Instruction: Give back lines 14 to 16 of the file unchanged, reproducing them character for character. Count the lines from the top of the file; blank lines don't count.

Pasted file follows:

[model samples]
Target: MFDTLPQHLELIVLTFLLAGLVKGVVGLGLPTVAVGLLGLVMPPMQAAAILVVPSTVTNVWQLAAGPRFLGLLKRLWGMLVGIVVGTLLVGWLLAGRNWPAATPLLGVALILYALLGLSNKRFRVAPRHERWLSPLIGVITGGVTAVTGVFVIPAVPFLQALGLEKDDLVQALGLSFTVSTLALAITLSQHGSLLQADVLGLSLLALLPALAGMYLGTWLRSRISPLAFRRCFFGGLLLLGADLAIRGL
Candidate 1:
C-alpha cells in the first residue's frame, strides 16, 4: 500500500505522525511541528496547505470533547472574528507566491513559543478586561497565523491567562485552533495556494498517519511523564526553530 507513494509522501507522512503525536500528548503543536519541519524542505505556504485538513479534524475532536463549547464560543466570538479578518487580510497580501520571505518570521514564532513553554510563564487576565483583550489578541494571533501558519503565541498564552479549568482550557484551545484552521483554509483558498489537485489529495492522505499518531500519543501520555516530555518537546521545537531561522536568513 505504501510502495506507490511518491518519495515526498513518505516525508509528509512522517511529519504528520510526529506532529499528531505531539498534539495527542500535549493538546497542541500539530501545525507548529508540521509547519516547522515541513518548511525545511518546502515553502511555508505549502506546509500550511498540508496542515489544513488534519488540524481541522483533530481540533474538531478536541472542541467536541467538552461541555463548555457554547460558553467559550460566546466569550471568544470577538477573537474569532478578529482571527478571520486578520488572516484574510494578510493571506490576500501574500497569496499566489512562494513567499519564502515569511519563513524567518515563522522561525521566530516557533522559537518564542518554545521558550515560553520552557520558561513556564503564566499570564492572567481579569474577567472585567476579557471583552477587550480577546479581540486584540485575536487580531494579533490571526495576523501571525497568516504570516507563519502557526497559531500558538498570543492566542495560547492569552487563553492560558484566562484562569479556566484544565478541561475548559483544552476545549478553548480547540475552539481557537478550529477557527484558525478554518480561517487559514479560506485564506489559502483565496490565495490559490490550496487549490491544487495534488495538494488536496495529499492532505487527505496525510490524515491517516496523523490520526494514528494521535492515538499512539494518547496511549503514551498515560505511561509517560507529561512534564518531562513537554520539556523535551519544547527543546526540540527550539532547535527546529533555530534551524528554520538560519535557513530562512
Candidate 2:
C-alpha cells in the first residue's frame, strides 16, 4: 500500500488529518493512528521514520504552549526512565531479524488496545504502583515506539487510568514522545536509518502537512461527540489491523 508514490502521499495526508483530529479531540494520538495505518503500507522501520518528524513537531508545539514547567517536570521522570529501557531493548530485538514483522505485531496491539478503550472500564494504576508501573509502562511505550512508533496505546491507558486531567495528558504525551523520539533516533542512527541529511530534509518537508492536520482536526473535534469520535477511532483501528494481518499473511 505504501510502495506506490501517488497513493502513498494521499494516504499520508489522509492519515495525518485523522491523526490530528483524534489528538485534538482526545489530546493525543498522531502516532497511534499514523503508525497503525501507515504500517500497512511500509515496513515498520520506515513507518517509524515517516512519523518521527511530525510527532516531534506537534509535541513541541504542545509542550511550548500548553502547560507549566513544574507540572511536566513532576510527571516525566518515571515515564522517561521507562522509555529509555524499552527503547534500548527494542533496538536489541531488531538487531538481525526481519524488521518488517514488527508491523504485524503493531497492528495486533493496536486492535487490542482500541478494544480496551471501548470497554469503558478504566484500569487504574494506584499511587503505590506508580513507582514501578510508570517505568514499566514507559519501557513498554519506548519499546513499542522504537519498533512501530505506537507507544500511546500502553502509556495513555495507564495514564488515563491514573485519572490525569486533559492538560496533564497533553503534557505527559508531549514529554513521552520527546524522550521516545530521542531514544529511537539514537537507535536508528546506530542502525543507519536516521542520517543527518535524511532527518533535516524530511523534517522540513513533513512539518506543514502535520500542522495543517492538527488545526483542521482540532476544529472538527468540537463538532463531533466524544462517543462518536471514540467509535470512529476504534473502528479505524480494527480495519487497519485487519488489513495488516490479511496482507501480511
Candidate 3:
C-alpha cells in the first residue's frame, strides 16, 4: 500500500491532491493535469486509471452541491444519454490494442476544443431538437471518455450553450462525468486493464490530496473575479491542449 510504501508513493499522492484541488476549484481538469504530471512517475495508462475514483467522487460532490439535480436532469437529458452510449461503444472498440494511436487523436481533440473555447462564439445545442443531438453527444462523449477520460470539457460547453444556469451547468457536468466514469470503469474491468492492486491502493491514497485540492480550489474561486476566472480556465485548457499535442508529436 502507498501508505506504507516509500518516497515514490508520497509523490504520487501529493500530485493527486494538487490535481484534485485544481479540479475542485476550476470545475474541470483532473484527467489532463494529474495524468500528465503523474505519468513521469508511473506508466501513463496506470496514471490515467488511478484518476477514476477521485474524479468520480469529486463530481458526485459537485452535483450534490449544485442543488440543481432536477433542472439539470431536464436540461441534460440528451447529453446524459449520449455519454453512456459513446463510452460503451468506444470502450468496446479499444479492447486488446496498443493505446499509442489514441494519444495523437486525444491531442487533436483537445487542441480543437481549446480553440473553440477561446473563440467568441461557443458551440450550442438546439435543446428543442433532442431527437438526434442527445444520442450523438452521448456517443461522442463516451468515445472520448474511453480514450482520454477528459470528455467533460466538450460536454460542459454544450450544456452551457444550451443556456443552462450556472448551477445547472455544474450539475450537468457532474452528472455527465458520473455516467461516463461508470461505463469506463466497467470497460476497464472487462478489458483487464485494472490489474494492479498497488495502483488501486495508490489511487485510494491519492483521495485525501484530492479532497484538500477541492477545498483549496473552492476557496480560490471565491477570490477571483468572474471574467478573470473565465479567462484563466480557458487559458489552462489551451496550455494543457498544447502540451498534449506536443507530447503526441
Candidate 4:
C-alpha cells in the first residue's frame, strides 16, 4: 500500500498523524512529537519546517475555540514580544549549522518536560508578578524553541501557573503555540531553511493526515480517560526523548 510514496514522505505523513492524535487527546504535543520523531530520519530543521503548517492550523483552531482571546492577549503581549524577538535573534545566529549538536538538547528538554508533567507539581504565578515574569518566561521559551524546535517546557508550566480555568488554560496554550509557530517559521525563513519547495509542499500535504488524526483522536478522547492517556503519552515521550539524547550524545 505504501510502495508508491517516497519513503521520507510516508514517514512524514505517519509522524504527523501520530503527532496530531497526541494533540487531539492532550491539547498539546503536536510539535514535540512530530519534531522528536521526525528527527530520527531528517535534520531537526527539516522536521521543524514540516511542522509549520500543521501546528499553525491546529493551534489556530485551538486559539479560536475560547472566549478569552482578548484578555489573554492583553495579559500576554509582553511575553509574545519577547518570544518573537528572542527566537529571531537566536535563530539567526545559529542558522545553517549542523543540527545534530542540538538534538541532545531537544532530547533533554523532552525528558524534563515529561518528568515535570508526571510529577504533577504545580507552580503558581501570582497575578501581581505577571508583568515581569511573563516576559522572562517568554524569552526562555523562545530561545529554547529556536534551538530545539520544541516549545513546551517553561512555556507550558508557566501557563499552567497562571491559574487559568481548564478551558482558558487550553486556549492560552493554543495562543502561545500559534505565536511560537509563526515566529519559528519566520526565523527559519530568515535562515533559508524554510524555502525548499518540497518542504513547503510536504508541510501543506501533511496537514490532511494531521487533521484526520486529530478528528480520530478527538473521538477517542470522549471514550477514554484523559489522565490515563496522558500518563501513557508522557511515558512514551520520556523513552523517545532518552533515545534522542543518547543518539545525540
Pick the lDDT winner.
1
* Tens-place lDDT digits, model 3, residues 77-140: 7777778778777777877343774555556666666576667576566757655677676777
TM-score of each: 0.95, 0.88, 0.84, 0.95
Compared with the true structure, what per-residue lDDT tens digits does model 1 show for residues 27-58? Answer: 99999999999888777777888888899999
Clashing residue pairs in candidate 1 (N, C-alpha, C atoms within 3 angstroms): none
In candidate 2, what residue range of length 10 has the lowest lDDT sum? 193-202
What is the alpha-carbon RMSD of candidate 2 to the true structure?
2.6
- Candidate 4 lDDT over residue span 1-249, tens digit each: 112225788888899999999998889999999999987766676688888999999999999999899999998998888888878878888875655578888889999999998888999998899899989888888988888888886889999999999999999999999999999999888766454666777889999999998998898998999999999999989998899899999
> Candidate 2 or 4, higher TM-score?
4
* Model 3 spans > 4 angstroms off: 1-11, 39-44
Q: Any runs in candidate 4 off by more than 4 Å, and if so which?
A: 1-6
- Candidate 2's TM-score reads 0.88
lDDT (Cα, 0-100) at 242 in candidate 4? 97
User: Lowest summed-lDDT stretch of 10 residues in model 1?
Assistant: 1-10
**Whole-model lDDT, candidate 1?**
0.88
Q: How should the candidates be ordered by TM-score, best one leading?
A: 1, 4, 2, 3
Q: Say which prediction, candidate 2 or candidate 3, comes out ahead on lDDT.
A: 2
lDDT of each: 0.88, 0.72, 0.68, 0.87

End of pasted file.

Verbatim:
TM-score of each: 0.95, 0.88, 0.84, 0.95
Compared with the true structure, what per-residue lDDT tens digits does model 1 show for residues 27-58? Answer: 99999999999888777777888888899999
Clashing residue pairs in candidate 1 (N, C-alpha, C atoms within 3 angstroms): none